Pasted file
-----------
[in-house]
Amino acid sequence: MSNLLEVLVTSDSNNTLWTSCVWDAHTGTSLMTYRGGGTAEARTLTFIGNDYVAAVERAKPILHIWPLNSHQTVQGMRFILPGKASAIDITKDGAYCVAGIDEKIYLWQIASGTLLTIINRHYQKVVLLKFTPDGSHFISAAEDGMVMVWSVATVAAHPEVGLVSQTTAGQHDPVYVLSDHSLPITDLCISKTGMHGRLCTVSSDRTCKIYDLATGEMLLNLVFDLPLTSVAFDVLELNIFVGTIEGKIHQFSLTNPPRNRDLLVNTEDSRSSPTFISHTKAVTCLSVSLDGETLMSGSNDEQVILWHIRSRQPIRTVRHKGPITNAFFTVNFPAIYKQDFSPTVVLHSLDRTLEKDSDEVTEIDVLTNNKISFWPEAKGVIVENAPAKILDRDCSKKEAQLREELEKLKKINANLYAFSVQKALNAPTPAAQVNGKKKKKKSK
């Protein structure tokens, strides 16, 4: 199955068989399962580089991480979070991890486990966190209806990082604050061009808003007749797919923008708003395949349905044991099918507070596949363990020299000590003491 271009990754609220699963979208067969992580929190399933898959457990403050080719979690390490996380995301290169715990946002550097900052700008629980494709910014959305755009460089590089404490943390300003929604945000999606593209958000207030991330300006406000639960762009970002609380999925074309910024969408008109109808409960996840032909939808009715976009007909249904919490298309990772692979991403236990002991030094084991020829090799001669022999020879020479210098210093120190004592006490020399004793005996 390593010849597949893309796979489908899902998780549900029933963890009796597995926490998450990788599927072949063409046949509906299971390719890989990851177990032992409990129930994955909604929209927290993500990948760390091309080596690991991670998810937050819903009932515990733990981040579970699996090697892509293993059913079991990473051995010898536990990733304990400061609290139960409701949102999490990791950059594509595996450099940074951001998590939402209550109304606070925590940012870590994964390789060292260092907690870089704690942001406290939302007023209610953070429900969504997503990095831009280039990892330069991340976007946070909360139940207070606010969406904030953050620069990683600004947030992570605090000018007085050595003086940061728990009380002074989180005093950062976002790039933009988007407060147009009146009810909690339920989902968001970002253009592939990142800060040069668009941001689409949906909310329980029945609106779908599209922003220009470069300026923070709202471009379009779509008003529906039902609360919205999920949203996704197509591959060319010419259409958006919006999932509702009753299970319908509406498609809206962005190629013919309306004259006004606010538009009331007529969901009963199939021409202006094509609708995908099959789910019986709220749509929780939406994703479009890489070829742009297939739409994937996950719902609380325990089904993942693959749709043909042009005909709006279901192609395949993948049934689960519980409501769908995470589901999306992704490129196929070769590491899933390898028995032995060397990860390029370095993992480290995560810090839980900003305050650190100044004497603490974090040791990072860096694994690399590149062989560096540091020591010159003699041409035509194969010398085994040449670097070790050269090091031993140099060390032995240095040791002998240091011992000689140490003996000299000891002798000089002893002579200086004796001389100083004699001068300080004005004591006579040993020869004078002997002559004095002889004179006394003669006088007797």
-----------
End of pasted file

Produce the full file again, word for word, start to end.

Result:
[in-house]
Amino acid sequence: MSNLLEVLVTSDSNNTLWTSCVWDAHTGTSLMTYRGGGTAEARTLTFIGNDYVAAVERAKPILHIWPLNSHQTVQGMRFILPGKASAIDITKDGAYCVAGIDEKIYLWQIASGTLLTIINRHYQKVVLLKFTPDGSHFISAAEDGMVMVWSVATVAAHPEVGLVSQTTAGQHDPVYVLSDHSLPITDLCISKTGMHGRLCTVSSDRTCKIYDLATGEMLLNLVFDLPLTSVAFDVLELNIFVGTIEGKIHQFSLTNPPRNRDLLVNTEDSRSSPTFISHTKAVTCLSVSLDGETLMSGSNDEQVILWHIRSRQPIRTVRHKGPITNAFFTVNFPAIYKQDFSPTVVLHSLDRTLEKDSDEVTEIDVLTNNKISFWPEAKGVIVENAPAKILDRDCSKKEAQLREELEKLKKINANLYAFSVQKALNAPTPAAQVNGKKKKKKSK
């Protein structure tokens, strides 16, 4: 199955068989399962580089991480979070991890486990966190209806990082604050061009808003007749797919923008708003395949349905044991099918507070596949363990020299000590003491 271009990754609220699963979208067969992580929190399933898959457990403050080719979690390490996380995301290169715990946002550097900052700008629980494709910014959305755009460089590089404490943390300003929604945000999606593209958000207030991330300006406000639960762009970002609380999925074309910024969408008109109808409960996840032909939808009715976009007909249904919490298309990772692979991403236990002991030094084991020829090799001669022999020879020479210098210093120190004592006490020399004793005996 390593010849597949893309796979489908899902998780549900029933963890009796597995926490998450990788599927072949063409046949509906299971390719890989990851177990032992409990129930994955909604929209927290993500990948760390091309080596690991991670998810937050819903009932515990733990981040579970699996090697892509293993059913079991990473051995010898536990990733304990400061609290139960409701949102999490990791950059594509595996450099940074951001998590939402209550109304606070925590940012870590994964390789060292260092907690870089704690942001406290939302007023209610953070429900969504997503990095831009280039990892330069991340976007946070909360139940207070606010969406904030953050620069990683600004947030992570605090000018007085050595003086940061728990009380002074989180005093950062976002790039933009988007407060147009009146009810909690339920989902968001970002253009592939990142800060040069668009941001689409949906909310329980029945609106779908599209922003220009470069300026923070709202471009379009779509008003529906039902609360919205999920949203996704197509591959060319010419259409958006919006999932509702009753299970319908509406498609809206962005190629013919309306004259006004606010538009009331007529969901009963199939021409202006094509609708995908099959789910019986709220749509929780939406994703479009890489070829742009297939739409994937996950719902609380325990089904993942693959749709043909042009005909709006279901192609395949993948049934689960519980409501769908995470589901999306992704490129196929070769590491899933390898028995032995060397990860390029370095993992480290995560810090839980900003305050650190100044004497603490974090040791990072860096694994690399590149062989560096540091020591010159003699041409035509194969010398085994040449670097070790050269090091031993140099060390032995240095040791002998240091011992000689140490003996000299000891002798000089002893002579200086004796001389100083004699001068300080004005004591006579040993020869004078002997002559004095002889004179006394003669006088007797």